The Year of the Monsters
2022! More like twenty-twenty wooo! But I’ll dive into that later. This past week of fishing has been somewhat incredible.
I kicked off the week with some good old perch, with a twist… See, I was a man on a mission, and a bizarre one at that. As most of you know I’ve been learning my way around the use of live sonar. Lowrance ActiveTarget to be precise. For those that don’t know live sonar, I will explain. It uses a high frequency of acoustic waves, combined with a very smart processor that relays the information to your screen in real time. This enables you to look ahead or below, and see fish before passing them, study their behaviour, and even watch them take a lure.
That was the challenge. It sounds simple but the set-up has to be perfect. So having gained practice, I decided to set out and try to record myself sight fishing a big perch through the screen. I wasted no time heading to the spot. I had found a tight shoal of perch in structure on a recent session, figuring they wouldn’t be far away. The hunch proved correct, there they were, behaving in exactly the same manner as last time.
I positioned the sonar, casting a creature bait into the shoal. Moments later I hooked up with the first fish of the day, a pretty two pounder, followed by several more smaller examples. Surely, I had the footage I wanted. I stopped for an hour and skimmed through the footage, disappointed that I’d missed the whole process on every single clip. I decided to anchor closer to the shoal and upsize my lure, giving me a much higher chance of capturing the moment.
I cast away, allowing my lure to slowly fall, pause, then jig. I watched as perch inspected the lure, refusing to take. With a good handful in the shoal it was just a matter of time. I cast again and watched as one of the larger shapes turned facing my lure. The moment was tense, my eyes glued to the screen as the fish approached. I jigged again, lifting the lure and watched as it merged with the shape of the fish! Simultaneously, I felt a tug, set hook, connecting with a large, powerful perch.
I averted my gaze from the screen, focusing on the fight as the perch dived toward the engine, with the tension on I steered the fish away, taking the fight to open water. Moments later it was in the net! Mission accomplished. I looked down at a beautiful dark perch. A long lean fish with a huge head, mere ounces under the 3lb mark. That alone made my day.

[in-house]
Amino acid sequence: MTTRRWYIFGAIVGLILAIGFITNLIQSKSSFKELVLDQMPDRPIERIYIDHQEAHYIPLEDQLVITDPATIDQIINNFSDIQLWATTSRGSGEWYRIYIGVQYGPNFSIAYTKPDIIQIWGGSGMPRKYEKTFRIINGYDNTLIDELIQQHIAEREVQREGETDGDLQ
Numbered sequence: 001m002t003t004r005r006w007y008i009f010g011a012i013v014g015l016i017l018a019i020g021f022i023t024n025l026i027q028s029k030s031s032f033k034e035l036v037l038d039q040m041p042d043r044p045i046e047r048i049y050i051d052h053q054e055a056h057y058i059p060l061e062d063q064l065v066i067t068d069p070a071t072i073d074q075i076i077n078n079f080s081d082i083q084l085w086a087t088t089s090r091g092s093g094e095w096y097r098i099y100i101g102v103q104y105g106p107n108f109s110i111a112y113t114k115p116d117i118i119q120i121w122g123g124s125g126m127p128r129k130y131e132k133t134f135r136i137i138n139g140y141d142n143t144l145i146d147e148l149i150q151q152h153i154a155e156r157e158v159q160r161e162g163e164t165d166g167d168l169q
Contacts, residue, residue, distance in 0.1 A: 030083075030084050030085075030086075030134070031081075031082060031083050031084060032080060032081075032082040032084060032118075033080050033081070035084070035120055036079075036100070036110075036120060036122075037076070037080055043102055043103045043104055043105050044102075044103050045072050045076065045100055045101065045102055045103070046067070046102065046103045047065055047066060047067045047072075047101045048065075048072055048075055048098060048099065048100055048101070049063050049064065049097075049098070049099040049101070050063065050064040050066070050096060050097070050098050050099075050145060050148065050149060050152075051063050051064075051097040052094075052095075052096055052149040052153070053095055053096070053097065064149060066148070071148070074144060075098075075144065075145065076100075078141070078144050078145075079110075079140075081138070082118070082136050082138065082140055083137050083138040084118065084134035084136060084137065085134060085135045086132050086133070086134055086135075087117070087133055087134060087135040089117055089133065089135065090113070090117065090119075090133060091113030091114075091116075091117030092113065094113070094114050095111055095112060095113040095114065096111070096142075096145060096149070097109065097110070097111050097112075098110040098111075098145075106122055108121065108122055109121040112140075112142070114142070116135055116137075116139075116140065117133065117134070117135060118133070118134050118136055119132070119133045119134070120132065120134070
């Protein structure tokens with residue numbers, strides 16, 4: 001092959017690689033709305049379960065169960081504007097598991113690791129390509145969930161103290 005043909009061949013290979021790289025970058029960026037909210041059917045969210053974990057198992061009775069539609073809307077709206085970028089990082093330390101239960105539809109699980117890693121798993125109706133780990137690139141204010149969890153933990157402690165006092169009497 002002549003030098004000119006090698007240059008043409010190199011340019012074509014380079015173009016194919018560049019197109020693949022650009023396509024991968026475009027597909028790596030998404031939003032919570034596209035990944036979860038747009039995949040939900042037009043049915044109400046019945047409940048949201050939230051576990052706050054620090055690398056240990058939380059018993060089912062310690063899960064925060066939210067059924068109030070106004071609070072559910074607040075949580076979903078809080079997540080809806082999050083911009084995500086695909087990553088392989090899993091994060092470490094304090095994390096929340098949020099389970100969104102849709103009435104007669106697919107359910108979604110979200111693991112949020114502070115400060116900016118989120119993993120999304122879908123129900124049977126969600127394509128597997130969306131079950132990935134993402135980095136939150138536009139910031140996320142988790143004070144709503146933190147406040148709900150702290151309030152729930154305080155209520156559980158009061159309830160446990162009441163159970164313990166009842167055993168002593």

As you know, I’ve neglected the pike this year, having a brief go in the autumn with fairly poor results, and a few successful kayak sessions in the fens. Last year was amazing with fish to 28.8, rivalling my lure PB. I finished that season with a great score of 20s, never encountering that dream 30. With perch to 4.5, Chub to 7.10, Zander to 13.2. The 30lb pike was the final fish on my big lure hit list. So often, only putting the time and effort in will reward a fish of that calibre.
I sat at home, waiting for the onset of Storm Eunice, when I received a message from a great friend. A simple “Free Wednesday?“ Absolutely, Mr Bailey, count me in! Big wind, falling air pressure, perfect pike conditions. So we pencilled it in. Like good times past, I couldn’t wait to start. In fact, the day reminded me greatly of one we spent together a few years back, a similar storm, a special day, we banked a few epic fish.
I began the day, braving the wind and working through the lure box. It was fierce! The strong gusts sucked the air from my lungs. But the sensation of extreme weather filled me with excitement and adrenaline. I started with big tail baits, struggling without a bite. I covered each swim then switched to a smaller jerkbaits to double-check.
Hours passed and the smaller lures began to produce. I soon figured they were keyed into a mixture of small size and high flash so I switched it up again. Rigging up with a Crazy Blade Jig Head and 11cm shad. To fish a lure so small, I compromised on the rod strength, picking out a 6ft 6ins 7-23g zander rod, hopeful if I found a big one it would be enough.
After many hours and six small jacks I felt a bump and set the hook. Instantly, it bumped off without so much as a movement, a snag? I don’t remember there being one there on the last cast. I covered the area for several more minutes before changing angle on the swim.
Bang! This was no snag, the rod doubled over and a huge boil appeared on the surface. Instantly I knew that this fish was huge! I held on, increasingly anxious, and the fish swam toward a fallen tree. I held on and decided to risk it all, clamping down the drag and folding the rod into a full horseshoe to stop the powerful fish. Finally, it turned.
I caught a glimpse, a split-second glance at the widest back I’d ever seen on a pike, and then… my composure vanished. A wreck of nerves, I was genuinely anxious throughout the fight as the fish, now tiring, ploughed along the surface, lure nicked just in the corner of the mouth. What was probably 30 seconds felt like millennia as I fought one of the greatest fights of my life.
Finally, she hit the net! Working quickly, the hook had come loose. Weigh, photograph and rest. I watched as the beautiful leviathan swam gracefully back to the depths. We celebrated, cheered, laughed, and then I collapsed, overwhelmed by the catch of a lifetime… The story of my first lure-caught 30.